Toronto and Winnipeg: The Frontier Centre for Public Policy today released Toronto: 3 Cities in More Than One Way. This study examines the December 2010 Hulchansky Report that revealed the existence of three distinct cities within Toronto.
It is no wonder that there are three cities in one, Steve Lafleur, the author of the study argues. Since the 1998 municipal amalgamation, the Toronto municipal government has been unable to create policy that is responsive to the diverse needs of six formerly autonomous cities contained within. The result has been a relative increase in low income neighbourhoods, almost tripling in numbers, while the number of middle income neighbourhoods was reduced in numbers by more than half. These have become three cities. The first city consists primarily of Old Toronto, and adjacent suburbs. These neighbourhoods saw an average income growth of 20% between 1970-2005. The second city is slightly further out, but fairly proximate to the core, and the subway. These neighbourhoods experienced an increase or decrease in average income of less than 20%. The third city is primarily located in the outer suburbs. These neighbourhoods have seen their average incomes decrease by over 20%. The gap between the first city and the third city will only increase, unless the underlying causes of the decline of the third city are eliminated.
The author points out that single solution approach to problems that clearly have different originating conditions will not solve much for those who need it most. Policy-makers, the author says: “will likely join with Professor Hulchanski in calling for massive expansions of transit to the outer suburbs, and for increased social welfare spending. While these recommendations may well hold some merit, they will do little on their own to stem the decline of the third city.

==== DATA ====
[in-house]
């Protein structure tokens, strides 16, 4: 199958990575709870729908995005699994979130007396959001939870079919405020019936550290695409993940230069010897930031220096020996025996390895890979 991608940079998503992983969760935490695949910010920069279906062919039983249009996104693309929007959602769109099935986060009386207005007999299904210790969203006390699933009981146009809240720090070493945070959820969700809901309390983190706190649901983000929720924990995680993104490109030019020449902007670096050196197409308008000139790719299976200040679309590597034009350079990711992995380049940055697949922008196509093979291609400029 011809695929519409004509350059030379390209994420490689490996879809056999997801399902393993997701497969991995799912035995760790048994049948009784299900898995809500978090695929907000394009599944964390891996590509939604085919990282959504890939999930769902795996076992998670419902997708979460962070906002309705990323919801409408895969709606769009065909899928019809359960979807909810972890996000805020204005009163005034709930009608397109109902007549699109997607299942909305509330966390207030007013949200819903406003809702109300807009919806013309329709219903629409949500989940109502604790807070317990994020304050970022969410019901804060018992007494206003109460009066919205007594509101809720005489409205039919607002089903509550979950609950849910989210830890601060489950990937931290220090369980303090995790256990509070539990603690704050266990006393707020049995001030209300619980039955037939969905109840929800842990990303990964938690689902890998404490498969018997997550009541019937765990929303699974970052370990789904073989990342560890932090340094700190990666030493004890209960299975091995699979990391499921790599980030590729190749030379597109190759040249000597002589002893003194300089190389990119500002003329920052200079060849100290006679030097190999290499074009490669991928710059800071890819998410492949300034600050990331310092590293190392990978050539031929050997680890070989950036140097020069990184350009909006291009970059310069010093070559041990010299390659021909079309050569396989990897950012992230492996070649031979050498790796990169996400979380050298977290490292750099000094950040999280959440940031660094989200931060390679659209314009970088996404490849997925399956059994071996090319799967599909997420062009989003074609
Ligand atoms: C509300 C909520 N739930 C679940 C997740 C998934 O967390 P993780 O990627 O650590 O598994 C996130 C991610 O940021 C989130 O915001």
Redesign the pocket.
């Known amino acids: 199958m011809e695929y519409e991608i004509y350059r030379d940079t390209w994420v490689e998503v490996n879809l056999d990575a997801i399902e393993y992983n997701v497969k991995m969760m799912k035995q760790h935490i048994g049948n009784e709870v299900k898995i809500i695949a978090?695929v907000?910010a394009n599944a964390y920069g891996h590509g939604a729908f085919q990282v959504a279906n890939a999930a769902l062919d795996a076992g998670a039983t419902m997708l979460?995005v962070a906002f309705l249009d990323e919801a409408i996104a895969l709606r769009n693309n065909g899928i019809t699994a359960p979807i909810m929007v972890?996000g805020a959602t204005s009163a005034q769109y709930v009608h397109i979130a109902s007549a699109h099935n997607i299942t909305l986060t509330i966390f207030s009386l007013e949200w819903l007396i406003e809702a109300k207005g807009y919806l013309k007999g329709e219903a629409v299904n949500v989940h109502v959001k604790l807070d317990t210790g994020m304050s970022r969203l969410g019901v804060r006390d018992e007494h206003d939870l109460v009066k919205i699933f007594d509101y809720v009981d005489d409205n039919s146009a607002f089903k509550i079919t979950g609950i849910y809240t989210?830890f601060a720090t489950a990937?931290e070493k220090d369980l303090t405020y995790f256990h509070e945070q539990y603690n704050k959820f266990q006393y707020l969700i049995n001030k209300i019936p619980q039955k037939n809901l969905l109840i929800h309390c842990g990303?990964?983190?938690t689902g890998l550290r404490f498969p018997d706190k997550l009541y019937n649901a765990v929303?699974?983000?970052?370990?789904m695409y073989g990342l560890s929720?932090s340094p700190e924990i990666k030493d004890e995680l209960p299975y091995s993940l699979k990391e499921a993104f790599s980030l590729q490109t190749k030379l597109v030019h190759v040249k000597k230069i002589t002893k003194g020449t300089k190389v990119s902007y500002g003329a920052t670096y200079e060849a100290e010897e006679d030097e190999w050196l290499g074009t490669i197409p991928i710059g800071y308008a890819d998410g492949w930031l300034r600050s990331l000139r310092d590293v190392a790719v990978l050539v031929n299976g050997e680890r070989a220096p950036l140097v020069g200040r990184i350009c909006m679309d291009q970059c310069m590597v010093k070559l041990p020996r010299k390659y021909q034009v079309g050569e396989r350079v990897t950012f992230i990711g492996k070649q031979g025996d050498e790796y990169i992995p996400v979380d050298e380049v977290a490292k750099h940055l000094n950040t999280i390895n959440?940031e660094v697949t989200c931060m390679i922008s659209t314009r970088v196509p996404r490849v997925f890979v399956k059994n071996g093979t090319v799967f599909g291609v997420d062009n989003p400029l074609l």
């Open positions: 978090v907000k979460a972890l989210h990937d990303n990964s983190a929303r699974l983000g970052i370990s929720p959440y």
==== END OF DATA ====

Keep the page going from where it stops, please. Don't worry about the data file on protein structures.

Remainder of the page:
Lafleur explains the predicament of the three cities with a medical metaphor. “The trouble is that since the 1998 municipal amalgamation, the municipal government has lost its ability to treat these six patients separately. The cure prescribed has worked for some areas, and failed miserably in others. The centralized approach is little different from picking six patients out of a hospital emergency room, and prescribing them all the same cure based on a single diagnosis. The consequences to the hospital patients—minus the one who was actually diagnosed—could be devastating. The result has been roughly the same for the Toronto Megacity.”
One of the results of the one-size fits all approach has been an encouragement of migration outside the Greater Toronto Area, fomenting the “sprawl” that the city and province are trying so hard to halt. The greatest challenge to policy makers will continue to be how to craft and deliver policies in the GTA that fit the needs of the different constituents, and “how to create opportunities for blue collar jobs in suburban Toronto.”
“The first step to solving a problem is to recognize it exists. Unfortunately, the next steps are more difficult. The only way to stem the decline of the outer suburbs is to restore a large degree of control over zoning, regulations, and taxation powers. This would require a great deal of political courage from Toronto’s municipal government, and compliance—or even leadership—from the Ontario government. Many politicians of all stripes will quietly acknowledge the failure of amalgamation. But until those whispers turn into an open discussion of how to accommodate the diverse needs of the three—or six—cities, the culture war between the core and the suburbs will continue to take precedence over sound policy decisions,” Lafleur said.
Lafleur’s report was previously published by New Geography.
For more information and to arrange an interview with the study’s author, media (only) should contact:
Marco Navarro-Genie, Ph.D.
Director of Research